Welcome to the new version of European Tribune. It's just a new layout, so everything should work as before - please report bugs here.
Display:
If the opposition is passive, yes.

If the opposition is more active they should try to pass a motion that orders the government to renegotiate areas A, B and C to achieve X, Y and Z.

The goal should be to split of enough votes to defeat the government and get a new election. Therefore the issues should be chosen to appeal to members of the coalition that can be peeled off, as well as contain popular items among the voters.

by fjallstrom on Sun Aug 27th, 2017 at 10:11:41 PM EST
[ Parent ]
It seems that Zoe Williams thinks that's exactly what is happening;-

Guardian - Zoe Williams - At last, Labour has wrested the Brexit debate from the Tories

Tory Europhiles could at any point find themselves in the ascendant again, and seek a more measured, single market-tolerant exit period for the sake of stability. But that territory now belongs to the opposition, and they will have to forswear it or defect. The scandalously long period when the internal divisions of the Conservative party could wreak havoc on the country yet force no bravery or conviction from the party's own MPs has come to an end. Labour has finally appropriated the Tories' wriggle room, and started to build on it.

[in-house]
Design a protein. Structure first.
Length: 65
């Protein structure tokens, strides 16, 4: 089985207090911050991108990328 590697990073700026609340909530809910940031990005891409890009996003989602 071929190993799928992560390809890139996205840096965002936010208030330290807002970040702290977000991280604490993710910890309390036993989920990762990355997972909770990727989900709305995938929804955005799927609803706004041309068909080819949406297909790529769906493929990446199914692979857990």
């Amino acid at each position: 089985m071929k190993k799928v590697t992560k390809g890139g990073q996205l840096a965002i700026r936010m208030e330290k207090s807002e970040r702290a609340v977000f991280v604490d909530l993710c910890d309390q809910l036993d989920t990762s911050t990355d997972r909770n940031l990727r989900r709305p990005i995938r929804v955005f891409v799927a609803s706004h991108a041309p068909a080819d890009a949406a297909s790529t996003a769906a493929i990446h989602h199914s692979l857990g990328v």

The details of the UK's EU exit have yet to be even hypothetically resolved; the Labour party, plainly, has its own internal divisions, many yet to be said out loud. There is as yet no way of telling whether or not this consensus will hold, that Brexit is the overwhelming will of the people and must be performed at all costs. A decision built on unknowns and falsehoods is not one to which the label of democracy very durably sticks.

Yet the opposition has bought itself some time (as short as possible, as long as necessary), taken the territory of common sense for the transition period (which many remain Tories will envy), and written the opening bars of a progressive overture in which their divisions can be harmonised gradually, rather than having to be silenced by the cacophony of the Conservatives. The new distinction is not between hard Brexit and soft Brexit: it is between infantile Brexit and grownup Brexit.



keep to the Fen Causeway
by Helen (lareinagal at yahoo dot co dot uk) on Mon Aug 28th, 2017 at 10:08:46 AM EST
[ Parent ]

Display:

Occasional Series